Asian American Population Surpasses 15 Million

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Now 5 Percent of Total U.S. Population

The nation’s Asian American population increased by 434,000 to surpass 15.2 million, or 5 percent of the estimated total U.S. population of 301.6 million, according to Census statistics released today.

Asians were the second fastest-growing minority group after Hispanics, with a 2.9 percent, or 434,000, population increase between 2006 and 2007.

Five million Asians live in California, which had the largest Asian population, as well as the largest numerical increase, of 106,000, during the 2006 to 2007 period. New York (1.4 million) and Texas (915,000) followed in population. Texas (44,000) and New York (33,000) followed in numerical increase.

In Hawaii, Asians made up the highest proportion of the total population (55 percent), with California (14 percent), and New Jersey and Washington (8 percent each) next. Asians were the largest minority group in Hawaii and Vermont.

The single-race Asian population in 2007 had a median age of 35.4, compared with the population as a whole at 36.6.

Census statistics released today also show that Hispanics remained the largest minority group, with blacks (single race or multiracial) second at 40.7 million in 2007. Blacks were the largest minority group in 24 states, compared with 20 states in which Hispanics were the largest minority group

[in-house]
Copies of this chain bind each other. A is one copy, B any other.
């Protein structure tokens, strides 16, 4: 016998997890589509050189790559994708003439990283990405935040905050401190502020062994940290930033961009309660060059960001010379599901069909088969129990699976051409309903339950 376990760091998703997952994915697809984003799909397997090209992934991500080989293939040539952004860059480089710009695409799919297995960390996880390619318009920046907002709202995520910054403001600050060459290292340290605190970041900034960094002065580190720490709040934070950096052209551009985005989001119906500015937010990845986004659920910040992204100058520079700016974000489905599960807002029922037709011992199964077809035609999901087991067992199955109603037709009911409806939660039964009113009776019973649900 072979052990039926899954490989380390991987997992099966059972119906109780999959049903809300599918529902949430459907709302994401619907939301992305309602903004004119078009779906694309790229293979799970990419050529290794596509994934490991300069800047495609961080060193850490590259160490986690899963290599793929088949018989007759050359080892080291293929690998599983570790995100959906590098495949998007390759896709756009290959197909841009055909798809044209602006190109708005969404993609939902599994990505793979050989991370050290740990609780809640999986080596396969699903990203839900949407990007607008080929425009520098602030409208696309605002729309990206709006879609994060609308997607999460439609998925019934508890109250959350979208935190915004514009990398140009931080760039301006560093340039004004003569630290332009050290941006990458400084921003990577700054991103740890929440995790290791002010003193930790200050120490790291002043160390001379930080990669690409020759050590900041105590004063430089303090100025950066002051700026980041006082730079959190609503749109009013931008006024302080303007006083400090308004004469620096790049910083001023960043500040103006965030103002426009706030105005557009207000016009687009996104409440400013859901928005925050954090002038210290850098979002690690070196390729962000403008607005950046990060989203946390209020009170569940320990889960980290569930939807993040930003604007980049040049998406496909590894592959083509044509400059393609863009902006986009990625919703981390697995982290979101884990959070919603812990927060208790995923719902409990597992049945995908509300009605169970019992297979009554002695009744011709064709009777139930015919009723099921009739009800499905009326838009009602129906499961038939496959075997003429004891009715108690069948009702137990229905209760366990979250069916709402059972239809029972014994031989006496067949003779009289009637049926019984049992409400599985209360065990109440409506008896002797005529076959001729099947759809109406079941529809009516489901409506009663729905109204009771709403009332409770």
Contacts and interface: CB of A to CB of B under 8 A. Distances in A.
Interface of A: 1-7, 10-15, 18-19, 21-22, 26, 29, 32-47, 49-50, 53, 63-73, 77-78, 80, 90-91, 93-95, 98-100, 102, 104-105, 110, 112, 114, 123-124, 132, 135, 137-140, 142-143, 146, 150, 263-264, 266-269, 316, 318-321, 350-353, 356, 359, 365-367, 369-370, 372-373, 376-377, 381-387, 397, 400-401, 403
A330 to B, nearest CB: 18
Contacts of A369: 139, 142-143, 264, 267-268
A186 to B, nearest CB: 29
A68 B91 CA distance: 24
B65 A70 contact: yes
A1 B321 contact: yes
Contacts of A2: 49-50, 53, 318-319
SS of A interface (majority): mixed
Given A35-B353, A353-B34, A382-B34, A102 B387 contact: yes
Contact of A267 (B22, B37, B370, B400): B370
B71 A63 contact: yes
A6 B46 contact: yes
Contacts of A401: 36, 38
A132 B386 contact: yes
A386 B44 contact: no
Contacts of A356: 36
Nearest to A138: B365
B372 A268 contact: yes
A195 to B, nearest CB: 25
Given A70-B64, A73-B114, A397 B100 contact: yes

American Indians and Alaska Natives totaled 4.5 million; and Native Hawaiians and Other Pacific Islanders, 1 million. The population of whites (single race and not of Hispanic origin) totaled 199.1 million.

With a 3.3 percent increase between 2006 and 2007, Hispanics were the fastest-growing minority group. The white population grew by 0.3 percent during the one-year period.

Overall, the nation’s minority population reached 102.5 million in 2007 — 34 percent of the total. California had a minority population of 20.9 million — 20 percent of the nation’s total, Texas had a minority population of 12.5 million — 12 percent of the U.S. total.

Four states and the District of Columbia were “majority-minority” (i.e., more than 50 percent of their population is made up of people other than single-race non-Hispanic whites). Hawaii led the nation with a population that was 75 percent minority in 2007, followed by the District of Columbia (68 percent), New Mexico (58 percent), California (57 percent) and Texas (52 percent). Next in line, though not majority-minority, were Nevada, Maryland and Georgia, each with a minority population of 42 percent.

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